The Value and Limitations of Minimalist Stabilization Efforts
Oct 1, 2012
The authors assess the utility and limitations of "minimalist stabilization" — small-scale interventions designed to stabilize a partner government engaged in violent conflict — and propose policy recommendations concerning when minimalist stabilization missions may be appropriate and the strategies most likely to make such interventions successful, as well as the implications for U.S. Army force structure debates and partnership strategies.
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The authors assess the utility and limitations of "minimalist stabilization" — small-scale interventions designed to stabilize a partner government engaged in violent conflict. They propose policy recommendations concerning when minimalist stabilization missions may be appropriate and the strategies most likely to make such interventions successful, as well as the implications for U.S. Army force structure debates and partnership strategies. Minimalist stabilization missions do not significantly increase a partner government's odds of victory in a counterinsurgency campaign, but they do dramatically reduce the probability of defeat. Minimalist stabilization typically yields operational successes that degrade rebel capabilities and make it unlikely that the insurgents can topple the government. Such missions typically do not, however, alter the underlying structure of the conflict. They usually do not help foster significant political reforms in the partner government. Nor are they typically able to cut insurgents off from their resource bases. These dynamics suggest that the operational gains attributable to minimalist stabilization can usually be converted into strategic success only if the underlying political or international structure of the conflict can be altered. Military power plays a role, but the infrequency of victory suggests that the role of force is more about creating the framework within which a political process can operate successfully rather than winning per se. These findings do not yield simple policy prescriptions. These findings do, however, caution against viewing minimalist stabilization as a panacea. Modest resource commitments generally yield modest results. In some circumstances, such modest results will be adequate to secure important U.S. interests. In other cases they will not, and in some cases the under-resourcing of interventions may have catastrophic results.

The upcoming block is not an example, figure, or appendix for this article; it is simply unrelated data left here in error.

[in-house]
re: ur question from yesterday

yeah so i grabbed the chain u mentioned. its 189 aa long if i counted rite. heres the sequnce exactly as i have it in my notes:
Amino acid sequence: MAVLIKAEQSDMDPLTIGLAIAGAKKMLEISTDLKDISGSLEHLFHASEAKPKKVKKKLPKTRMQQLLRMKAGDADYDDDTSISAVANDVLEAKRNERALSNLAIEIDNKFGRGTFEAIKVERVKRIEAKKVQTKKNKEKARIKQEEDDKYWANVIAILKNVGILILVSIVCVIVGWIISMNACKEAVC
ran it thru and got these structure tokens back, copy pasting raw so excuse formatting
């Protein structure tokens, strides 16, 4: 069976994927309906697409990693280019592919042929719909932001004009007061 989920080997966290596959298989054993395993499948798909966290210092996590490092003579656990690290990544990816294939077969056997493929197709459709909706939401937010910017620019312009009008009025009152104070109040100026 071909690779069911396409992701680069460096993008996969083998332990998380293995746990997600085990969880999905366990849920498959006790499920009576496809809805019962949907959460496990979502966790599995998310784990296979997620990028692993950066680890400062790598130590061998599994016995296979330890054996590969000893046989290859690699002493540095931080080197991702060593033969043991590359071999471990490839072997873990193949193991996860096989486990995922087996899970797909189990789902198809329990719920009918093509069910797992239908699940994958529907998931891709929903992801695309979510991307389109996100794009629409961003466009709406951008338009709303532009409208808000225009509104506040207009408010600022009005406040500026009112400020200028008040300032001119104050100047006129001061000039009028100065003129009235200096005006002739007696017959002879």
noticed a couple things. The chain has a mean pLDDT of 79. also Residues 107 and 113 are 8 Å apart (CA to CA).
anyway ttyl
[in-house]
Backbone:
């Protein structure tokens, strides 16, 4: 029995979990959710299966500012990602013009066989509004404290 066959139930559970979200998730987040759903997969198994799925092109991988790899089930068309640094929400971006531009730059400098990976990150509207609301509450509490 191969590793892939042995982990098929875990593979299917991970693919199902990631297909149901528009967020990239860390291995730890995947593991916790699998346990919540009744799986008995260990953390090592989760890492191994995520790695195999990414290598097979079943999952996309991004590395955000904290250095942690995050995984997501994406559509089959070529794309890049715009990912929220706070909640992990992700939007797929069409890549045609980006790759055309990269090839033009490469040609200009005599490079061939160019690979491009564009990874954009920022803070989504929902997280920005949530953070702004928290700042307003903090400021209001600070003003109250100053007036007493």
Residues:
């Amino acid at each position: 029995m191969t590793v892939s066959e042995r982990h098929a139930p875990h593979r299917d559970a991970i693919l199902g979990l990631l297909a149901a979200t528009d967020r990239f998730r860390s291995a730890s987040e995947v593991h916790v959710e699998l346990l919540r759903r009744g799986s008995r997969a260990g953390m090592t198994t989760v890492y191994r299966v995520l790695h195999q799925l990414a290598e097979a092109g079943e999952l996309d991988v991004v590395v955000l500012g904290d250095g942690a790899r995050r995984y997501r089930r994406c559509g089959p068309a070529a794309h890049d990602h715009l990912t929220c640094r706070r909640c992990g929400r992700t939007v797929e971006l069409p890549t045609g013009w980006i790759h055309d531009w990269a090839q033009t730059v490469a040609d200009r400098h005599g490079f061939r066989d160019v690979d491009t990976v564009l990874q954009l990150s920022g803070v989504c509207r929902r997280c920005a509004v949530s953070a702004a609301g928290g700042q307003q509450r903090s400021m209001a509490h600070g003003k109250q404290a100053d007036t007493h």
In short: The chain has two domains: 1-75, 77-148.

Arguments For and Against Minimalist Stabilization
Overview of the Results of Minimalist Stabilization
Cases and Coding Notes
The research described in this report was sponsored by the United States Army and conducted by the RAND Arroyo Center.
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